The third edition of the Uptown Triennial presents work by artists from Upper Manhattan and beyond that is representative of the history, culture, and contemporary issues of Harlem and spans the visual arts, media, and sound. The 1980s and 2000s saw musicians and rappers pushing both the sonic landscape and the changing representation of Black urban society. A new visual aesthetic followed with its own language and the next generation of visual artists became interested in exploring the intersection and/or juxtaposition of sonic and visual traditions.
Dead Lecturer / distant relative: Notes from the Woodshed, 1950-1980 focuses on works by Asian American and African American artists whose approaches to abstraction provided alternatives to prevailing vocabularies for representation and resistance during the social movements of the 1960s and 70s, and for whom the parameters of visibility continue to remain a problem for thought today.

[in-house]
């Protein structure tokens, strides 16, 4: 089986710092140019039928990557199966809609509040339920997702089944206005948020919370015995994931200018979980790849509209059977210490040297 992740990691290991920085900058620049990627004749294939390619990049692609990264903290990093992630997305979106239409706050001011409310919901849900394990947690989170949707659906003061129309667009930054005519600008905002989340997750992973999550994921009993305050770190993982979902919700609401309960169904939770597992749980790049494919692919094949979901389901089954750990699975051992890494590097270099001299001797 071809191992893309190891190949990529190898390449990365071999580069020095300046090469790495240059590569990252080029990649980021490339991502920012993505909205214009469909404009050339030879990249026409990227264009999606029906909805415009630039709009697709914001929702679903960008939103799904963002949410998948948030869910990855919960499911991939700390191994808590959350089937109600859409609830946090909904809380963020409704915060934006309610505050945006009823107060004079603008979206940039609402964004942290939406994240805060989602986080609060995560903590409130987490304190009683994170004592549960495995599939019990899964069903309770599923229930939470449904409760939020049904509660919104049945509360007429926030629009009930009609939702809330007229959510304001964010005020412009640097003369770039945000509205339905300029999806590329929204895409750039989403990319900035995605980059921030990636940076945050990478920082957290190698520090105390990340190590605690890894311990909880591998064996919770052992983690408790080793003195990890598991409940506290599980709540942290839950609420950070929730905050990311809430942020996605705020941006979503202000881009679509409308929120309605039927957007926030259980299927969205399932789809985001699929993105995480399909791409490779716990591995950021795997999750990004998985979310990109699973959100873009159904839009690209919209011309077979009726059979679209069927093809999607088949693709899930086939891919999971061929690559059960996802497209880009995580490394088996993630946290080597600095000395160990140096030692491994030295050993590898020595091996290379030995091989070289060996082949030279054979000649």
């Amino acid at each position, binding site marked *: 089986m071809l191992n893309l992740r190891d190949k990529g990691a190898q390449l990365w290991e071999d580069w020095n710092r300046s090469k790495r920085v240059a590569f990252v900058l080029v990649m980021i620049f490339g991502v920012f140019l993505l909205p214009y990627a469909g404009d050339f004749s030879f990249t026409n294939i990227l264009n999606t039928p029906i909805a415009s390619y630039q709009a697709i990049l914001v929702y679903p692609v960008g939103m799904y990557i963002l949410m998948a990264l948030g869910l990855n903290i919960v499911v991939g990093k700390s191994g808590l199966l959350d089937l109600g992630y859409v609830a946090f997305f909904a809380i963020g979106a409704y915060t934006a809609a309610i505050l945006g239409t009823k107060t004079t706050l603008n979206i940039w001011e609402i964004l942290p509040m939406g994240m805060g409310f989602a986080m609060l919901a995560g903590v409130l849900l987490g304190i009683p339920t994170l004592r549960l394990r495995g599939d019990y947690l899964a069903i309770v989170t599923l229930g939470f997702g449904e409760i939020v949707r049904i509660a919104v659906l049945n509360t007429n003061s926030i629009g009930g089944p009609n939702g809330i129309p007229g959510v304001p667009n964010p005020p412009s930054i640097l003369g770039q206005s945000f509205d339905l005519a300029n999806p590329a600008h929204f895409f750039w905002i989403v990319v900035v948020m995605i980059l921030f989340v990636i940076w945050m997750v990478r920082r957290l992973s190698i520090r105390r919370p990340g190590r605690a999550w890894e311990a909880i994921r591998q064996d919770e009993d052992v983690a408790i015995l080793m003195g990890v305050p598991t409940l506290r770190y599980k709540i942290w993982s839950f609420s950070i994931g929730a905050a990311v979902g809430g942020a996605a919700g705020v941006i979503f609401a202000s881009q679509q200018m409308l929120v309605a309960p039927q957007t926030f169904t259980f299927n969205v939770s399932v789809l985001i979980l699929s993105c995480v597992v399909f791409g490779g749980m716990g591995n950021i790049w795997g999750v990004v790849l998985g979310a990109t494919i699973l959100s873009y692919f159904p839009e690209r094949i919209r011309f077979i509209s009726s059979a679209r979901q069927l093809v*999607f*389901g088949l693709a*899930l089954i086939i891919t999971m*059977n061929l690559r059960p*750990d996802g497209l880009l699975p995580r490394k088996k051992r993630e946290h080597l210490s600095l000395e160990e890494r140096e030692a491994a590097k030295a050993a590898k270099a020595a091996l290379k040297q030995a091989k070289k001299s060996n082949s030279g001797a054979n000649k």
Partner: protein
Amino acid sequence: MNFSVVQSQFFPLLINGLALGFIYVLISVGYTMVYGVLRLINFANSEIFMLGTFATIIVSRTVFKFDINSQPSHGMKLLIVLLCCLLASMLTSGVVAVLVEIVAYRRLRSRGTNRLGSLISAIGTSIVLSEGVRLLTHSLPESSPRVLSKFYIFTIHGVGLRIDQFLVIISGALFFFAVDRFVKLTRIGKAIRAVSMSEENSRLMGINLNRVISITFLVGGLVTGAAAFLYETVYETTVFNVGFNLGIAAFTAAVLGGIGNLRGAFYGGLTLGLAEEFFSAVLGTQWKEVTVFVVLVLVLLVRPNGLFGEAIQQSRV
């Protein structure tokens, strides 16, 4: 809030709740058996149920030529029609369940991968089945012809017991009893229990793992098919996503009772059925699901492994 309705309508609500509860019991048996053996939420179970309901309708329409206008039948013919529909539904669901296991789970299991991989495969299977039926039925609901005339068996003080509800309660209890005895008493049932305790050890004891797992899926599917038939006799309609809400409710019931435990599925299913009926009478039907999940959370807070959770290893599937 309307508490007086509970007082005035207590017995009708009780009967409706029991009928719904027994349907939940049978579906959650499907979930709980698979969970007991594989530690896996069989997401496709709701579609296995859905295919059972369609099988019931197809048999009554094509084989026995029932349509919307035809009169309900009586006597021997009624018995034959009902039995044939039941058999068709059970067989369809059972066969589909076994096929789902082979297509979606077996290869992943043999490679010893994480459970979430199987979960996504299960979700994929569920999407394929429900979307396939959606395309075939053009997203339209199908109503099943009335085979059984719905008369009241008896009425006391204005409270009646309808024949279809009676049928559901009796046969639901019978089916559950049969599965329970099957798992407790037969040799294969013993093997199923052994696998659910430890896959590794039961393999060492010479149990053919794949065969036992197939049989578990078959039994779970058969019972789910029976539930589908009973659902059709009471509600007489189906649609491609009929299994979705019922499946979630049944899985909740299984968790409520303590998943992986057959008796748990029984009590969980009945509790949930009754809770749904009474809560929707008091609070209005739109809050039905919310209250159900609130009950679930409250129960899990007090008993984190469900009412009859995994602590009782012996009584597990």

After the End: Timing Socialism in Contemporary African Artpresents a selection of works engaging with the history of African socialisms. It features artists looking at countries including Angola, Ethiopia, Guinea-Bissau and Mozambique. The exhibition is the first in North America to explore aesthetic responses to African socialisms and their aftermath.